iFixit has conducted a teardown analysis of the new Google Nexus 4. The LG-manufactured Nexus smartphone is heavier, thicker and wider than the third-generation Galaxy Nexus made by Samsung. Tearing the new device apart uncovered some interesting features.
When dismantled, the first point is that the battery - a 2100mAh device producing 3.8V - is much harder to replace than the one in the previous model. Incidentally, this is the same sized battery found in Apple's iPhone 5, although LG manufactures the battery itself. The back of the phone's case contains circuitry necessary for wireless charging, though no wireless charger is supplied with the phone.
The motherboard houses the eight megapixel rear-facing camera (AC2AD D5A261), which can be easily removed, leaving a squarish hole (above). The front-facing camera is codenamed Y411A and leaves a small, circular hole (above). The front of the motherboard has the following components:
- Toshiba THGBM5G6A2JBA1R 8GB flash memory
- SlimPort ANX7808 SlimPort transmitter (HDMI output converter)
- Invensense MPU-6050 Six-Axis (Gyro+ Accelerometer)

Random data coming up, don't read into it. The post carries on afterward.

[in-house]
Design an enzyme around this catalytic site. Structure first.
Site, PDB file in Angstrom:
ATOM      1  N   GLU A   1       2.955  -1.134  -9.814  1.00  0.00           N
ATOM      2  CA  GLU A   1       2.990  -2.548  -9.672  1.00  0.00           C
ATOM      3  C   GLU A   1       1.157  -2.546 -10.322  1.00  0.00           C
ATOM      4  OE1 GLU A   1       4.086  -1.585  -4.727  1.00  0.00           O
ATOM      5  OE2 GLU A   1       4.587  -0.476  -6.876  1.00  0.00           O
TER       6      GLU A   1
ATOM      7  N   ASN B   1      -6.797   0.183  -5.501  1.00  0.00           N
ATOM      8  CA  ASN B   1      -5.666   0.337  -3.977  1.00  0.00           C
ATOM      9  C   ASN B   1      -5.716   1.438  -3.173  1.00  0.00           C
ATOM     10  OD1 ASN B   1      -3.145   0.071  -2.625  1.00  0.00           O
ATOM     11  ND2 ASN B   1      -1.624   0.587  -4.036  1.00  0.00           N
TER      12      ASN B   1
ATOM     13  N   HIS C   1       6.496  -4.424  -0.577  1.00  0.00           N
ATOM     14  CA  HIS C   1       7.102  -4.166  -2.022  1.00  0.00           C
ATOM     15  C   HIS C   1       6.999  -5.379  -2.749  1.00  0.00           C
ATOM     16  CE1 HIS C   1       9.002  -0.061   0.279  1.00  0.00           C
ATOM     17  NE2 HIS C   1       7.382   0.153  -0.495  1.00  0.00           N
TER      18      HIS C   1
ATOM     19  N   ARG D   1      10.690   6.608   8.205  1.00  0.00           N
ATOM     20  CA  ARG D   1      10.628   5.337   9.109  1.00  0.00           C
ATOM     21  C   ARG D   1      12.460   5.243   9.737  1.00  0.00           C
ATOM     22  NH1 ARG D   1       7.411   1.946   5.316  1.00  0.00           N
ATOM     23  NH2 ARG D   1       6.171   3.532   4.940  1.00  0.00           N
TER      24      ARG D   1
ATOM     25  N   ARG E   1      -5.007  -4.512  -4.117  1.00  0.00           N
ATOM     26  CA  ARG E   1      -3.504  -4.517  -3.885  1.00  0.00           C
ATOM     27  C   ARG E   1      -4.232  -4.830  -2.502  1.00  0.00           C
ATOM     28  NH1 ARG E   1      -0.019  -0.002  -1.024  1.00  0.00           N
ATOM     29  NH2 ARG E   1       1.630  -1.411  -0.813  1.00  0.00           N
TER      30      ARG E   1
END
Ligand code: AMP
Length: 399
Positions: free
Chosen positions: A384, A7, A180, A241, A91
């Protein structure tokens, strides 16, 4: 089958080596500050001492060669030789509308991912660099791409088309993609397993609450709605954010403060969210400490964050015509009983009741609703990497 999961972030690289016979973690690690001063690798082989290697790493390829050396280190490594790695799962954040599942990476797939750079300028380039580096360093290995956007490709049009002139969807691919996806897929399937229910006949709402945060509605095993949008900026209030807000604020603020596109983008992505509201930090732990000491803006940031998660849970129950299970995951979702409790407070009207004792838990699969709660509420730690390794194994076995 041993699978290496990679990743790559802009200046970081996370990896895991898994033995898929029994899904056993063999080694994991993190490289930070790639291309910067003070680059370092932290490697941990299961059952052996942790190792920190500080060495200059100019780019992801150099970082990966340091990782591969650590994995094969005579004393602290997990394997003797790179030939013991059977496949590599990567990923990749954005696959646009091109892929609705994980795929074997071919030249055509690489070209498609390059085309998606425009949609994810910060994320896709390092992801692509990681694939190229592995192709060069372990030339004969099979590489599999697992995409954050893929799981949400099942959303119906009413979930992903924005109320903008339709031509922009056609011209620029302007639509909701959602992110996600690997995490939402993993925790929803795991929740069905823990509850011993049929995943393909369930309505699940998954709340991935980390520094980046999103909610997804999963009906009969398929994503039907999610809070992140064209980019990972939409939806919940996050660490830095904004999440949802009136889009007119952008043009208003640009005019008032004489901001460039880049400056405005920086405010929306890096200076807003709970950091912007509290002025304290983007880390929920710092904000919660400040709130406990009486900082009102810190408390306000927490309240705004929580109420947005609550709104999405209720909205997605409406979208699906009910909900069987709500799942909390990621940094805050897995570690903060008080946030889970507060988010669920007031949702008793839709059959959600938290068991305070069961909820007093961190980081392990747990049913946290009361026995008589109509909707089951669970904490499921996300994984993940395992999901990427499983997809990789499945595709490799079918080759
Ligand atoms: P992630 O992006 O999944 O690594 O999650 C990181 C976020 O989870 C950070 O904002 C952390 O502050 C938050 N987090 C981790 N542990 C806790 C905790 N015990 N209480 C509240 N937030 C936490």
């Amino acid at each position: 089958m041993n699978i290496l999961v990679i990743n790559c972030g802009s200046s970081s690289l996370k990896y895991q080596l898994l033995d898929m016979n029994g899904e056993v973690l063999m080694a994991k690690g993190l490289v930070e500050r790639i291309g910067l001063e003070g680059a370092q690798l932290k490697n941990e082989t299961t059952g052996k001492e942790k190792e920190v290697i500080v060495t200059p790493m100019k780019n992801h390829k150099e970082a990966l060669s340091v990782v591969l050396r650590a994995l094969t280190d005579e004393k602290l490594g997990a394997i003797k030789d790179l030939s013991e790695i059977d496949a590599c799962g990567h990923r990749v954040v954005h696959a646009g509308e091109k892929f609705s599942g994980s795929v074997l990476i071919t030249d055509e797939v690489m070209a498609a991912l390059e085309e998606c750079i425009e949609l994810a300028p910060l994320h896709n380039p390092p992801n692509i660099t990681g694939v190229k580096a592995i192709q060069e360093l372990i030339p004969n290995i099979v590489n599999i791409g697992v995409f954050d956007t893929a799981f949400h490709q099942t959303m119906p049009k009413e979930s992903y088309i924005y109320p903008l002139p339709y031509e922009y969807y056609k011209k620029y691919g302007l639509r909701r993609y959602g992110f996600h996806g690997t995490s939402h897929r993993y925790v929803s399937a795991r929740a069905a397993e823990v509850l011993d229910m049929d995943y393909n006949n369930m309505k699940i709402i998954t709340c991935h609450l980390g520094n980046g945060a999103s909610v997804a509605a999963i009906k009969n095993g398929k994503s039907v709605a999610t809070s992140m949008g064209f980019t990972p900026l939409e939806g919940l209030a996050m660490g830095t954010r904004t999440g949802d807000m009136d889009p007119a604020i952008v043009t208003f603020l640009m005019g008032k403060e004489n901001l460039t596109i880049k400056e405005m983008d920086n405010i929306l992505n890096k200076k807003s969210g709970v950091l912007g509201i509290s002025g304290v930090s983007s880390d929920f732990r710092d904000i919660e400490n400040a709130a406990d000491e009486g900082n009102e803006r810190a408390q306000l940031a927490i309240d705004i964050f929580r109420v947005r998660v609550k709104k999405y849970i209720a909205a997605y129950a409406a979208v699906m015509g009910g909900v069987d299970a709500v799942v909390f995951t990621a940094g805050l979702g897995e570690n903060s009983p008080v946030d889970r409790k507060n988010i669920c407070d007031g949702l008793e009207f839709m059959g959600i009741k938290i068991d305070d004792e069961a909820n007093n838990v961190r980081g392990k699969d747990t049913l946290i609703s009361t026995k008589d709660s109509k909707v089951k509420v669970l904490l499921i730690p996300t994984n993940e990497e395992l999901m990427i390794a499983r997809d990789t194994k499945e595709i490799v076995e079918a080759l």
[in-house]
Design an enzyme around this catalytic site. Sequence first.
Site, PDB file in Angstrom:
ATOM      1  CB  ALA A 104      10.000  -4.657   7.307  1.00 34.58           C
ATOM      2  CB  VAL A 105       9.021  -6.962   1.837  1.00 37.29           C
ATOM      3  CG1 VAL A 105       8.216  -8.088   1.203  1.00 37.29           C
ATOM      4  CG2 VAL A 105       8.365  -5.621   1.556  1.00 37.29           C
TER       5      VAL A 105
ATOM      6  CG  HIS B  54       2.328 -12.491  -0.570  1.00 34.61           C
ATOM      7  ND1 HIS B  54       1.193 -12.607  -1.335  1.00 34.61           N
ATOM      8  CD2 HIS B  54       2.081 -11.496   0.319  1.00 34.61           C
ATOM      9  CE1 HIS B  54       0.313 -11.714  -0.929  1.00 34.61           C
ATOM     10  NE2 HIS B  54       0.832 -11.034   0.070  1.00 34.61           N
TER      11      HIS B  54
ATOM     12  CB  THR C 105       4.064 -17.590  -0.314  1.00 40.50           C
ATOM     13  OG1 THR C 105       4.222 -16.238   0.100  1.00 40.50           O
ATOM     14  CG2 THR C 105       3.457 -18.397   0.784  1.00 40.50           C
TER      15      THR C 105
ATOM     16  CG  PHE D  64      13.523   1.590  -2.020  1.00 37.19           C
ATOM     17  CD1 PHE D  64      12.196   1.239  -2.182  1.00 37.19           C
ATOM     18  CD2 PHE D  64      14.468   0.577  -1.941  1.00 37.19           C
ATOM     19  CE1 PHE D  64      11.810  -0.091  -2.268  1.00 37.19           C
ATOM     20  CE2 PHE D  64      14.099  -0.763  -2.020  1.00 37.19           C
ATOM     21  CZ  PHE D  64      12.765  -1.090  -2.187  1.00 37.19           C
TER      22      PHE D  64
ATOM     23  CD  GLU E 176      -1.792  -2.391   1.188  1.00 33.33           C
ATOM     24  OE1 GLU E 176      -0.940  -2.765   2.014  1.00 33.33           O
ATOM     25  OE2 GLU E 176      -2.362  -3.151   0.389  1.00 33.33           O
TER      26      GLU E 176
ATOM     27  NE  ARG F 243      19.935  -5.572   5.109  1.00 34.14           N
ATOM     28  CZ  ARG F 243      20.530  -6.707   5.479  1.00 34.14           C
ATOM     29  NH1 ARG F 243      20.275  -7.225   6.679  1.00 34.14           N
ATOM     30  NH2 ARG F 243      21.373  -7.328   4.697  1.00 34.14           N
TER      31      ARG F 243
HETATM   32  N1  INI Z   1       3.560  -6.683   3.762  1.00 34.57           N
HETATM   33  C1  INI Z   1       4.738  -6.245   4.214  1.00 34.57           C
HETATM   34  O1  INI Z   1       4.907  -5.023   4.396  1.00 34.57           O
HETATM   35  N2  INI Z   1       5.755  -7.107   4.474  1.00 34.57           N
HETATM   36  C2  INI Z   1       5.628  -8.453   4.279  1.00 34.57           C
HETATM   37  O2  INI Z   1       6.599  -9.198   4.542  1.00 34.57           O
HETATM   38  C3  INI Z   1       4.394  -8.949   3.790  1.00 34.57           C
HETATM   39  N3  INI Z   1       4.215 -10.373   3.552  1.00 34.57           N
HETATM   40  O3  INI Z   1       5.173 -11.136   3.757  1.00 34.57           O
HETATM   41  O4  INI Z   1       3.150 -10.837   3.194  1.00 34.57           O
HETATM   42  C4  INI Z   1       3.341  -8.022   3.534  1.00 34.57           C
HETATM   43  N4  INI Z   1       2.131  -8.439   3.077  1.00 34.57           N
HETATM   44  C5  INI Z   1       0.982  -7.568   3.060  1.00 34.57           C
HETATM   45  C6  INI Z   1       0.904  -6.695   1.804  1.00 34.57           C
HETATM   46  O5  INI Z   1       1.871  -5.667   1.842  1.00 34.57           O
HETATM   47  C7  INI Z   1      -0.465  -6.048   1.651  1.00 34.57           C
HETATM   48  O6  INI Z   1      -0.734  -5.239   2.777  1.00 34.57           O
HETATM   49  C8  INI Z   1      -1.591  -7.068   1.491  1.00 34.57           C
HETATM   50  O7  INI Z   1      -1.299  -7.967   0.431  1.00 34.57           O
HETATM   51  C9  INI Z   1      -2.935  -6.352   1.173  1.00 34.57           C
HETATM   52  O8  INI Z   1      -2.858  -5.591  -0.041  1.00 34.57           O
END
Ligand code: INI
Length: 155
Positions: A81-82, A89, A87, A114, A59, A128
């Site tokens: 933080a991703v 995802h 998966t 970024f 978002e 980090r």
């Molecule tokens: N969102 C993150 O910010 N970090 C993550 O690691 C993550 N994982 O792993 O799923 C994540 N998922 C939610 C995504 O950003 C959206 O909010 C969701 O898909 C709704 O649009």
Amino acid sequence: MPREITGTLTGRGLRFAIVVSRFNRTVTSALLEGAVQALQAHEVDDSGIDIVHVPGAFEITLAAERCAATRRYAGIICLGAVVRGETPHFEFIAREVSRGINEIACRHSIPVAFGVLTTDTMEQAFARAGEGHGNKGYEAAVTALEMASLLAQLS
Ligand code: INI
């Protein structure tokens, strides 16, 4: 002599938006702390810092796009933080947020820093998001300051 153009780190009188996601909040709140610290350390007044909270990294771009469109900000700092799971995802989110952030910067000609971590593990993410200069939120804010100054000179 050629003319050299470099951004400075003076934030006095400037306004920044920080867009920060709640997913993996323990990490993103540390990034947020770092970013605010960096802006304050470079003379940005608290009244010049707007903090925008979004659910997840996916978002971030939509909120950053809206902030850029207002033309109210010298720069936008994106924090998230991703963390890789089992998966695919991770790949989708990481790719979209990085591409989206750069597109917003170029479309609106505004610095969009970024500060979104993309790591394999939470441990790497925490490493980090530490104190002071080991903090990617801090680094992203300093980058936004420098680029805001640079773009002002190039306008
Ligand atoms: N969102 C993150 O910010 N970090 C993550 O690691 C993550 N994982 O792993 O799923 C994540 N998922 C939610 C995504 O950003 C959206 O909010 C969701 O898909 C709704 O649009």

The other component on the motherboard is an interesting anomaly. The Nexus 4 does not support 4G networks. But a Qualcomm WTR1605L seven-band 4G LTE radio chip, found on the motherboard, reportedly does; the same chip is likely to be adopted in the LG Optimus G.
However, the breakdown suggests there is no LTE power amplifier on the motherboard - which converts electricity into radio waves for 4G. Instead, the Nexus 4 has a dual-band UMTS Power Amplifier suitable for 3G networks.
On the other side of the motherboard is Samsung's K3PE0E00A 2GB RAM and a Snapdragon S4 Pro 1.5GHz CPU.
In the final analysis, the Nexus 4 scored seven out of 10 in the repairability assessment. This is reasonably good, considering the Galaxy Nexus managed only six.